Valerie L. Baldwin[10] July 2004 2006 Francis J. Harvey
Nelson M. Ford[11] October 2006 December 2007 Francis J. Harvey, Pete Geren
Mary Sally Matiella[12] 16 February 2010 27 February 2014 Barack Obama John M. McHugh
Robert M. Speer[13][14] 20 November 2014 19 January 2017
John E. Whitley[14][15] 26 September 2018 28 May 2021[16] Donald Trump Mark Esper, Ryan McCarthy
Caral Spangler 17 August 2021 present Joe Biden Christine Wormuth

Deputy Assistant Secretaries

One Principal Deputy Assistant Secretary of the Army and three Deputy Assistant Secretaries of the Army roles reporting to the Assistant Secretary (ASA(FM&C)):[17]

  • Principal Deputy Assistant Secretary of the Army for Financial Management & Comptroller (PDASA-FM&C) – (non-career appointment)
    • Deputy Assistant Secretary of the Army for Financial Operations & Information (DASA-FOI)
    • Deputy Assistant Secretary of the Army for Cost & Economics (DASA-CE)
    • Deputy Assistant Secretary of the Army for Budget (DASA-BU)

A Military Deputy also reports to the Assistant Secretary, with the grade of lieutenant general.

References

  1. ^ 5 U.S.C. § 5315
  2. ^ "James E. Hewes, Jr., ', From Root to McNamara: Army Organization and Administration', (1975), pp. 233–234". History.army.mil. Retrieved 27 May 2011.
  3. ^ "Army Financial Management Homepage". Assistant Secretary of the Army for Financial Management and Comptroller. Retrieved 22 December 2010.
  4. ^ "Ms. Caral Spangler". Retrieved 13 October 2021.
  5. ^ a b c d e f "James E. Hewes, Jr., ', From Root to McNamara: Army Organization and Administration', (1975), pp. 381–382". History.army.mil. Archived from the original on 22 May 2011. Retrieved 27 May 2011.
  6. ^ "PN1165 - Nomination of Ken Kramer for Department of Defense, 100th Congress (1987-1988)". 14 October 1988.
  7. ^ Kevin D. Jones. "Profile of Douglas A. Brock at the Naval Postgraduate School". Research.nps.edu. Retrieved 27 May 2011.
  8. ^ "PN924 - Nomination of Douglas Alan Brook for Department of Defense, 101st Congress (1989-1990)". 28 February 1990.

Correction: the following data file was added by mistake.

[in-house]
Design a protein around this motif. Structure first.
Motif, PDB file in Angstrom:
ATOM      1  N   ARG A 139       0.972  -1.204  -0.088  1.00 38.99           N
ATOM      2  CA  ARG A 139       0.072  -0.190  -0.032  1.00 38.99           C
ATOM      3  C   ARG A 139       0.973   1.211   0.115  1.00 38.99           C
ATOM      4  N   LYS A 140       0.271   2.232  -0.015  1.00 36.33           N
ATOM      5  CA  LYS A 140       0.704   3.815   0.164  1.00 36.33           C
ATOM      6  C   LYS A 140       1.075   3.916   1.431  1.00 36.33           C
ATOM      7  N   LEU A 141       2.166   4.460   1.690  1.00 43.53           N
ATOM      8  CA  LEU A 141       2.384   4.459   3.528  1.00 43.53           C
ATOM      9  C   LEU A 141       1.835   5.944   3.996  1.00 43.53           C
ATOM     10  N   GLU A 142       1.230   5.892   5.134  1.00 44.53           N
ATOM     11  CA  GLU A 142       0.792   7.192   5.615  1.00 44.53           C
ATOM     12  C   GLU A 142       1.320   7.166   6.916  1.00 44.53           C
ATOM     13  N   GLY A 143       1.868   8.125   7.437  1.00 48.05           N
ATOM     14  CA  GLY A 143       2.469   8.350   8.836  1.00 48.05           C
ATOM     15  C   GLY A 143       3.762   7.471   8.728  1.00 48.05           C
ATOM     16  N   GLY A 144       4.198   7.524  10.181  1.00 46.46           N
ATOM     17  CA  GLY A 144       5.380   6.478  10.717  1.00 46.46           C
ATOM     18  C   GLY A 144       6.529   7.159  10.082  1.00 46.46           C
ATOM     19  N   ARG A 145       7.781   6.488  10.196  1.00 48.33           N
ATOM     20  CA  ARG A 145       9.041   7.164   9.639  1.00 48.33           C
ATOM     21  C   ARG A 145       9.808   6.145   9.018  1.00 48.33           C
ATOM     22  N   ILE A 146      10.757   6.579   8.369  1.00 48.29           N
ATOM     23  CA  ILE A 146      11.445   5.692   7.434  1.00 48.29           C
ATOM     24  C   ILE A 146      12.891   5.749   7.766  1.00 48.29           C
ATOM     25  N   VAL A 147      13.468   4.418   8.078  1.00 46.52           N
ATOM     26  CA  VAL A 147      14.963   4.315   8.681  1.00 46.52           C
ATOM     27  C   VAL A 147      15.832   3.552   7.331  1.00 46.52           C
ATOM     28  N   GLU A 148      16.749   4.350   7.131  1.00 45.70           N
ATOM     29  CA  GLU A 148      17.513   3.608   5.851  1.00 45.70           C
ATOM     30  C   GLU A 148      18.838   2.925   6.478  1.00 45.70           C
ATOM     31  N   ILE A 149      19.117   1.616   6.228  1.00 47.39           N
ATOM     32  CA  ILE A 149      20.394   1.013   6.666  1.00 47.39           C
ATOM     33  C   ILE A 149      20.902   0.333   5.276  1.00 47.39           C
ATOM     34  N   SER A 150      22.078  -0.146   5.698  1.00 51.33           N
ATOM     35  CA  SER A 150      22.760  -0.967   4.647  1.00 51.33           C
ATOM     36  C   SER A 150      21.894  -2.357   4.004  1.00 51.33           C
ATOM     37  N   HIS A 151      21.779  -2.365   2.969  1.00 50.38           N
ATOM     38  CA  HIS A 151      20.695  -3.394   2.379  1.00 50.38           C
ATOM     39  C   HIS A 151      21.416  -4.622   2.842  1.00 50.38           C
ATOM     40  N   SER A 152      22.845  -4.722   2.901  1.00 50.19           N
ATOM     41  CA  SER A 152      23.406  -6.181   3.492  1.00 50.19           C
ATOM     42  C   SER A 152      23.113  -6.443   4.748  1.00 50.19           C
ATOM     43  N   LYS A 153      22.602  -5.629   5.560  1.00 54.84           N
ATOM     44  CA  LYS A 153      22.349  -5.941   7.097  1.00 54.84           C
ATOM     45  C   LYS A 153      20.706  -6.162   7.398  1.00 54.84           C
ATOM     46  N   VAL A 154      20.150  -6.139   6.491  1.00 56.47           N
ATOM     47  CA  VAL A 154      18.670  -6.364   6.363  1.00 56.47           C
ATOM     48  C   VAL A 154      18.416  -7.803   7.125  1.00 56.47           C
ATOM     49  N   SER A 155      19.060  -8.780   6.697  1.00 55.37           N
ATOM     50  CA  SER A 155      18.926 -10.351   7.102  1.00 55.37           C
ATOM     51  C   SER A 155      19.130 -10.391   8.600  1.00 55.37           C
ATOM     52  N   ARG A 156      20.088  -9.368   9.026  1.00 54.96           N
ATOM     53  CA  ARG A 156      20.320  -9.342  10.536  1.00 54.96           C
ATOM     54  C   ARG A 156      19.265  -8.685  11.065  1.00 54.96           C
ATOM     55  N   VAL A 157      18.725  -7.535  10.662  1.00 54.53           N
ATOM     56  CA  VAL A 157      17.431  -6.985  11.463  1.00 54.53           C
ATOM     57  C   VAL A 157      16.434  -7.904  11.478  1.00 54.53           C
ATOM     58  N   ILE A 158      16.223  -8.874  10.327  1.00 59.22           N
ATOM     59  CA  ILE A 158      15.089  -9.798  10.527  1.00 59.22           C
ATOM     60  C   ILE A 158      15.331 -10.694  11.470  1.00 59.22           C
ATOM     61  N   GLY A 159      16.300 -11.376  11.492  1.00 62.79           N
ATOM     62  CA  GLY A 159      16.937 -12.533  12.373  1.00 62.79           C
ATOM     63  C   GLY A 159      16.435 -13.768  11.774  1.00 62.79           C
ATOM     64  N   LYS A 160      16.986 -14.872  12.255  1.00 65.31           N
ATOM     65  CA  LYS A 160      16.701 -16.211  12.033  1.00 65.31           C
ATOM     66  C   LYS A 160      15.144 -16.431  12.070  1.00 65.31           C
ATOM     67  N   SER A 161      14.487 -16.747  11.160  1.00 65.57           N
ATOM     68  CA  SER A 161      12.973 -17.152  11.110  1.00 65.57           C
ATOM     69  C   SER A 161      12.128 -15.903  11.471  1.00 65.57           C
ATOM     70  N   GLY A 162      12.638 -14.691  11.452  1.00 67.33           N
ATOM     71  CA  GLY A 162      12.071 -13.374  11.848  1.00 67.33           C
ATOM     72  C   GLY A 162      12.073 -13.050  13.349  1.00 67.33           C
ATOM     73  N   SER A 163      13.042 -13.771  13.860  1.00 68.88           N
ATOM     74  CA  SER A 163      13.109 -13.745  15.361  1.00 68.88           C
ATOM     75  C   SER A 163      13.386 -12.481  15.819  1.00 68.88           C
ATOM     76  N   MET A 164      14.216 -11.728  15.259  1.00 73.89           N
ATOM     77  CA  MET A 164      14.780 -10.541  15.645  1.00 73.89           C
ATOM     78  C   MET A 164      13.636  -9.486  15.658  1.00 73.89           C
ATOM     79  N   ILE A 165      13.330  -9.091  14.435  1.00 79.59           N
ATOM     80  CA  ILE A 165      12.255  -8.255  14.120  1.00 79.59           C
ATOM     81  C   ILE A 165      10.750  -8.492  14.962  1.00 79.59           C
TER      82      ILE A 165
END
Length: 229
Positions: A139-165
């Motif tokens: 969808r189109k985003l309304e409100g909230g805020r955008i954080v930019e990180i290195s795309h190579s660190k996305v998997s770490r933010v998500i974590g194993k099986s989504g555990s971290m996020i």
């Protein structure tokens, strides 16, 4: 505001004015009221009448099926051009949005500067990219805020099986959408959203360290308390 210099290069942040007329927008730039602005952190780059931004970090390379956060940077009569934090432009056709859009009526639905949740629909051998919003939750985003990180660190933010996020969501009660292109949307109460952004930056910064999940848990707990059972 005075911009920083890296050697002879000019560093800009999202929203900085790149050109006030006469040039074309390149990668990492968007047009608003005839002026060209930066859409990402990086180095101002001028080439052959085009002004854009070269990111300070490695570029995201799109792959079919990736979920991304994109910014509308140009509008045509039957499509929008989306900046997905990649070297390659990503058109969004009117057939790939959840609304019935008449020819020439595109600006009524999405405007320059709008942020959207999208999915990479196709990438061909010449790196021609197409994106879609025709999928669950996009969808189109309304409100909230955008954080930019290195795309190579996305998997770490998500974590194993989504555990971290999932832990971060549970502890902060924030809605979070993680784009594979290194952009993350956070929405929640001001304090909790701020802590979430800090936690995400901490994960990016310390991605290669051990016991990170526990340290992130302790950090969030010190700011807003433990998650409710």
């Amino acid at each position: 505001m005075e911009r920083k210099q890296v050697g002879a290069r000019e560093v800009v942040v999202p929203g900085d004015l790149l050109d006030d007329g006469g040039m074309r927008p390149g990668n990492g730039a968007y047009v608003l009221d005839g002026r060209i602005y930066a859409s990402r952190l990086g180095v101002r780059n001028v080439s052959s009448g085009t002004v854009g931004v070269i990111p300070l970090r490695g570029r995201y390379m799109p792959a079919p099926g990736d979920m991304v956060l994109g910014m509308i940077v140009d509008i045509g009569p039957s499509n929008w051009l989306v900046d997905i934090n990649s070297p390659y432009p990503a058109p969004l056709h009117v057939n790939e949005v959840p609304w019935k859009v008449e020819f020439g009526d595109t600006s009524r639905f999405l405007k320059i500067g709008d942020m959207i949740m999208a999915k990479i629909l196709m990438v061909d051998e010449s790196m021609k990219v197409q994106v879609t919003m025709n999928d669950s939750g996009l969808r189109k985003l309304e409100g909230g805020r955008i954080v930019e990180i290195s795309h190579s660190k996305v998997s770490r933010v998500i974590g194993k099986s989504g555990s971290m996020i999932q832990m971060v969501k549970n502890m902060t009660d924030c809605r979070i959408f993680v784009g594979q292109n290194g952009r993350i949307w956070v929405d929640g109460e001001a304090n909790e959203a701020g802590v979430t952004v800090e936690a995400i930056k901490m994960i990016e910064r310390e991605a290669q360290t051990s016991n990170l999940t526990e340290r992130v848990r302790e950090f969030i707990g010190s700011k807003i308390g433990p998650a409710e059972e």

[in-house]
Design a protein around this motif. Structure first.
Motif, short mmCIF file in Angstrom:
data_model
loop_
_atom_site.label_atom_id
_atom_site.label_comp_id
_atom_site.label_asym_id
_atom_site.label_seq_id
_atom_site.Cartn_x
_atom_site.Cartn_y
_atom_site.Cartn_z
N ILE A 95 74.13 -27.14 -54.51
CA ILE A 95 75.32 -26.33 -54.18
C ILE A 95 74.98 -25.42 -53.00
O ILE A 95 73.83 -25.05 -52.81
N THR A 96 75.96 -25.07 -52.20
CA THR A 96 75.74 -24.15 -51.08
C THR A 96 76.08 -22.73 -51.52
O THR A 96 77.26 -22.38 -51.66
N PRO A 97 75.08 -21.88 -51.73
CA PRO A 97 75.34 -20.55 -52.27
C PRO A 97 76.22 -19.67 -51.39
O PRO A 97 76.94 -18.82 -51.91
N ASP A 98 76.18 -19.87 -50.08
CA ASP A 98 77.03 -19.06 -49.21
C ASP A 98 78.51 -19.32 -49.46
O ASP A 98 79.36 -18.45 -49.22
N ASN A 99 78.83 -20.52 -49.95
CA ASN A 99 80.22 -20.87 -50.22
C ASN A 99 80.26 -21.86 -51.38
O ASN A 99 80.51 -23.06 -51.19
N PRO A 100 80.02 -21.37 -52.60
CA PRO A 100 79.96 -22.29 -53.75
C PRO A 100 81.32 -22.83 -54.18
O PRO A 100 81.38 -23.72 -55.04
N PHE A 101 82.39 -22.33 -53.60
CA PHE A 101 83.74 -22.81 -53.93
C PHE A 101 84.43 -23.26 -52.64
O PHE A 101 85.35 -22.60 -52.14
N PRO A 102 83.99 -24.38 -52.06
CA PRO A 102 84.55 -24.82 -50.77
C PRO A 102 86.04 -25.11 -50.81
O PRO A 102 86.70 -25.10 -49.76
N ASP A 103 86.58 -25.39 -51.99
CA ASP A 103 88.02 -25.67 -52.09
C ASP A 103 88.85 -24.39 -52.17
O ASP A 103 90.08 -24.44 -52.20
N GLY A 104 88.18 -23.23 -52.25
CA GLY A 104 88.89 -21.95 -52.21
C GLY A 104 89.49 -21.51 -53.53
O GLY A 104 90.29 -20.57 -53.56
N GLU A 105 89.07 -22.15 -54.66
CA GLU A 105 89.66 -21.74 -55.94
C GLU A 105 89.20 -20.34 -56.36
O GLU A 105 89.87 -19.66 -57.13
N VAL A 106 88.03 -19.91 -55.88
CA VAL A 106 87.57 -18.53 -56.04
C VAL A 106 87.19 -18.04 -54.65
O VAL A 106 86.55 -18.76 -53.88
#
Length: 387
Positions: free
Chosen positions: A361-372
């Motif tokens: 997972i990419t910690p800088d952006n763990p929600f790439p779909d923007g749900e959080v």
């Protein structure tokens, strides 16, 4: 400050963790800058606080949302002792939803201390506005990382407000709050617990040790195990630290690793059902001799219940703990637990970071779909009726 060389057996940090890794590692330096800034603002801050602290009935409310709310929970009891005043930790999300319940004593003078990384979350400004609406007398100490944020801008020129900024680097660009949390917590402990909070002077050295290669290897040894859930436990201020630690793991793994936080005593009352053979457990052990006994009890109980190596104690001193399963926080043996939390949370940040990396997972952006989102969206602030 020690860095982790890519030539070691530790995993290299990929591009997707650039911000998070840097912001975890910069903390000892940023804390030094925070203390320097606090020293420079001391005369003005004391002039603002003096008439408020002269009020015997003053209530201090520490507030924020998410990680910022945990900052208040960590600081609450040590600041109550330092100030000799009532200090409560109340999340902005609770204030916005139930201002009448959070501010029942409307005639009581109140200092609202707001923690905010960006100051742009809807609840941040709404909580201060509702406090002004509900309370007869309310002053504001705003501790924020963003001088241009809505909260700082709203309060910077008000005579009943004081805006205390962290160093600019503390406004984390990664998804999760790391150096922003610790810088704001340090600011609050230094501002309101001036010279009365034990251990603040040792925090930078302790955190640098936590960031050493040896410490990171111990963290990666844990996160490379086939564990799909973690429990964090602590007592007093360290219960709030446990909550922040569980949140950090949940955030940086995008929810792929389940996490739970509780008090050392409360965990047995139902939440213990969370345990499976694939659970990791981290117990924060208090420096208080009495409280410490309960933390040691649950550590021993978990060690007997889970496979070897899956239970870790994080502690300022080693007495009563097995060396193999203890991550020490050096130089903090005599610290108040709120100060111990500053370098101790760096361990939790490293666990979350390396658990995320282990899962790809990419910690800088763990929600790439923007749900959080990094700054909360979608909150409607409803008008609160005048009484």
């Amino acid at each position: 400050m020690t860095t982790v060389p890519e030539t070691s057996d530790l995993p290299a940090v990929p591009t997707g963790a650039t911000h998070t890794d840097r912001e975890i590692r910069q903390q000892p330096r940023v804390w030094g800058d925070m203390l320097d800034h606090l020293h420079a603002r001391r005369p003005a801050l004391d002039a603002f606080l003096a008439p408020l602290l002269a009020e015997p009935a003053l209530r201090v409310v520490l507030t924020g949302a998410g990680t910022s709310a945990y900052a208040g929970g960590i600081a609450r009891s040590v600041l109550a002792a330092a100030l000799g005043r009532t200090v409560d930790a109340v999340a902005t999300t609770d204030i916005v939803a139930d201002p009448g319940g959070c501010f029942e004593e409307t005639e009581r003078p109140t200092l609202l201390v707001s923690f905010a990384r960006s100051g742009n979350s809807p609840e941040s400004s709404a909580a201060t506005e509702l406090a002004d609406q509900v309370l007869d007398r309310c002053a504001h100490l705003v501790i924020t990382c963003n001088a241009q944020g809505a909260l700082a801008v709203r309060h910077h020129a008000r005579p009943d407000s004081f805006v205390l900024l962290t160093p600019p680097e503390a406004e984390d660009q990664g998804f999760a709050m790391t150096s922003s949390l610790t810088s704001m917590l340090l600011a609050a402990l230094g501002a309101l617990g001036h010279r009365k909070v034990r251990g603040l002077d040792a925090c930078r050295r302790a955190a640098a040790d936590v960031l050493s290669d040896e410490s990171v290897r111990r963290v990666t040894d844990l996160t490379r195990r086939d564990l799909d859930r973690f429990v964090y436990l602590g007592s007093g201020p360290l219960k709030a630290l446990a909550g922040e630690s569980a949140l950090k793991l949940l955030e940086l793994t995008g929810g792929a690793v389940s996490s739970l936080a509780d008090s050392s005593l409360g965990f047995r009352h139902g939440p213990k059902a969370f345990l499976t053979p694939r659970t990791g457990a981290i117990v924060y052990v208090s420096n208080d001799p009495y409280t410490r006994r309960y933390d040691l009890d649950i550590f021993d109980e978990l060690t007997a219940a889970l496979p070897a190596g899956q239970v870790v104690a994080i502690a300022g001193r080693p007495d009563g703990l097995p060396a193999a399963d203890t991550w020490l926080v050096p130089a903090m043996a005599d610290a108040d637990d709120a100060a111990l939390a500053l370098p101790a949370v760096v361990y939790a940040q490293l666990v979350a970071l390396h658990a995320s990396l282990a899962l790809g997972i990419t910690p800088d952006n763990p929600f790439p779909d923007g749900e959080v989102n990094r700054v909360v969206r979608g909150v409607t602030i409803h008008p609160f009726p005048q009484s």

9. ^ Nomination of Pack, Congressional Record, 8 Nov. 2001, p. D551, Memo from Pack while Assistant Secretary Archived 22 July 2011 at the Wayback Machine
  10. ^ McIntire, Katherine (15 September 2005). "Katherine McIntire Peters, "Chief Financial Officers: Army: Valerie Lynn Baldwin", ', Government Executive',, 15 Sept. 2005". Govexec.com. Retrieved 27 May 2011.
  11. ^ ""Ford named acting undersecretary of the Army", ', Army Times',, 5 Dec. 2007". Armytimes.com. 4 December 2007. Retrieved 27 May 2011.
  12. ^ ""Army swears in new financial management secretary", 17 Feb. 2010". Army.mil. Retrieved 27 May 2011.
  13. ^ ""Congressional Actions on Presidential Nomination (PN) 1559"". United States Congress. 20 November 2014. Retrieved 4 December 2014.
  14. ^ a b "Nominations Confirmed (Civilian)". United States Senate. Retrieved 4 December 2014.
  15. ^ "Trump nominations tracker: See which key positions have been filled so far". Washington Post. Retrieved 11 October 2018.
  16. ^ "John E. Whitley Biography". Army Financial Management & Comptroller. Retrieved 11 October 2018.
  17. ^ "Army Financial Management & Comptroller > About This Site > Organization". www.asafm.army.mil. Retrieved 6 July 2021.

Public Domain This article incorporates public domain material from the United States Army website http://www.asafm.army.mil/Default.aspx.